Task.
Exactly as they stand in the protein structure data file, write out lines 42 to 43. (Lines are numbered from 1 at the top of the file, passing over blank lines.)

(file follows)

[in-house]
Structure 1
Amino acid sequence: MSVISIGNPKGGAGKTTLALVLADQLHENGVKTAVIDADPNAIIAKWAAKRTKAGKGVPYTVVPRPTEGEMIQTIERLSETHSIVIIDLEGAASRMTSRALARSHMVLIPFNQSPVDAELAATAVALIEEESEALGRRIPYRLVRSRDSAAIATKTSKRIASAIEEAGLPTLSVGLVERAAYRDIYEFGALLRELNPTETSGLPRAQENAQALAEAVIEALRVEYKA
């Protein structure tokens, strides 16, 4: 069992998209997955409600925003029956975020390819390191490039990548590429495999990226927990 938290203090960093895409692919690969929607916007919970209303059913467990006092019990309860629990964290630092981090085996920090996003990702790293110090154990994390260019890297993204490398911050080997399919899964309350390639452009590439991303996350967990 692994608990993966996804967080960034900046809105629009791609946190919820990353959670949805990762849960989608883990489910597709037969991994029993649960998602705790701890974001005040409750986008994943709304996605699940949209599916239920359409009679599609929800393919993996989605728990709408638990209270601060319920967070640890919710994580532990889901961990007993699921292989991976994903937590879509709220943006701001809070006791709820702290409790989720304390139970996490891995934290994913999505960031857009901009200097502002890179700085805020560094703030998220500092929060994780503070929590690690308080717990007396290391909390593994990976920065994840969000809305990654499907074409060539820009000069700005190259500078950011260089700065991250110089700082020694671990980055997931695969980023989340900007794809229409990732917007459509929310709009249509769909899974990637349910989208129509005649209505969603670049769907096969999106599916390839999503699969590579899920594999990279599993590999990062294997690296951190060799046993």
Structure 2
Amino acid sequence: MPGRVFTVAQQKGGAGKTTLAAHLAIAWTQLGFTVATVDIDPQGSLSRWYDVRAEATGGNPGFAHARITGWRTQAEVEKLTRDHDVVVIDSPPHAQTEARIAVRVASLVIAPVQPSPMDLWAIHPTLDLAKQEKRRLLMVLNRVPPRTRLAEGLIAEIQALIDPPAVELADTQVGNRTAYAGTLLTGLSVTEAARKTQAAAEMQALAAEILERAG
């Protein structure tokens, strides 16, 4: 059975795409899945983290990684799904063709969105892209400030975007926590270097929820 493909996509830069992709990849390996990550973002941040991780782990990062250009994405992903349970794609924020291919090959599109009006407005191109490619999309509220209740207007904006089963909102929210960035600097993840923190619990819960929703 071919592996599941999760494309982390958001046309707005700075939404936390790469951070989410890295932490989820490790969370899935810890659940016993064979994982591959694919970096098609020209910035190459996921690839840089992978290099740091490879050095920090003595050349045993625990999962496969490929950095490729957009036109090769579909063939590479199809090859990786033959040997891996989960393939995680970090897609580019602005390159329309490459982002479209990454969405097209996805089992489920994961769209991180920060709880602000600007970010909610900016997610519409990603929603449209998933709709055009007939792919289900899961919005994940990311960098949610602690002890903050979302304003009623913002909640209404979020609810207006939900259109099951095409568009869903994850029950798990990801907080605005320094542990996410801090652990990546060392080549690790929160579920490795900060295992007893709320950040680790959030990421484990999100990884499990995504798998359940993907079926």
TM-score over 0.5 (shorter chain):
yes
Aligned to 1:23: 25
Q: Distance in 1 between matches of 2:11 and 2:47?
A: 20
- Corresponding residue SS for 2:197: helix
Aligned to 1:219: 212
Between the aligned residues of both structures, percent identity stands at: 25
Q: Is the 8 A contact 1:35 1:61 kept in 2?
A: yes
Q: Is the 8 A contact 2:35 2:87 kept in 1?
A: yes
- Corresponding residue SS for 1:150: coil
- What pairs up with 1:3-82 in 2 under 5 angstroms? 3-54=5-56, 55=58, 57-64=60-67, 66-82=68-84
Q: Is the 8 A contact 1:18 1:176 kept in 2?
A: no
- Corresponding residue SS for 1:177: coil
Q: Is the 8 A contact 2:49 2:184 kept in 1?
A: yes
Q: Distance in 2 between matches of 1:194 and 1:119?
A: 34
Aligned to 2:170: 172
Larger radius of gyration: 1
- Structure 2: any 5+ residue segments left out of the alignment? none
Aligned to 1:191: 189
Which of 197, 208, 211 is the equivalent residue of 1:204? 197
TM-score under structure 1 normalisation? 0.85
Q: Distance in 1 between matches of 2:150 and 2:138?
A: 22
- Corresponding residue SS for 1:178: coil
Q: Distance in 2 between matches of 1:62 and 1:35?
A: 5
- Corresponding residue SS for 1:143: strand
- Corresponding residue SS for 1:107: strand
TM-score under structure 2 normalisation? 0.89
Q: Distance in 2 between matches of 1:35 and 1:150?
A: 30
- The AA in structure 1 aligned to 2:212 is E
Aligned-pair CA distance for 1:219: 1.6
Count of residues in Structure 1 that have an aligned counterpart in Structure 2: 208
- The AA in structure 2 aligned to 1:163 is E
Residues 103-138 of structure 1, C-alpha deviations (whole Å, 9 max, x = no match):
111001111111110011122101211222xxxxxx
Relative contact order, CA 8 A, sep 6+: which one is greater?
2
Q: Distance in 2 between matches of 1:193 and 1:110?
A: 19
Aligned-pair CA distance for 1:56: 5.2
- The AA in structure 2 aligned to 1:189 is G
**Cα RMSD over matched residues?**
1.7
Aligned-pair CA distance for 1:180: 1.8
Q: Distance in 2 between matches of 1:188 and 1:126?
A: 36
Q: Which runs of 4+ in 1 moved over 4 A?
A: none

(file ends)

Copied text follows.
TM-score under structure 2 normalisation? 0.89
Q: Distance in 2 between matches of 1:35 and 1:150?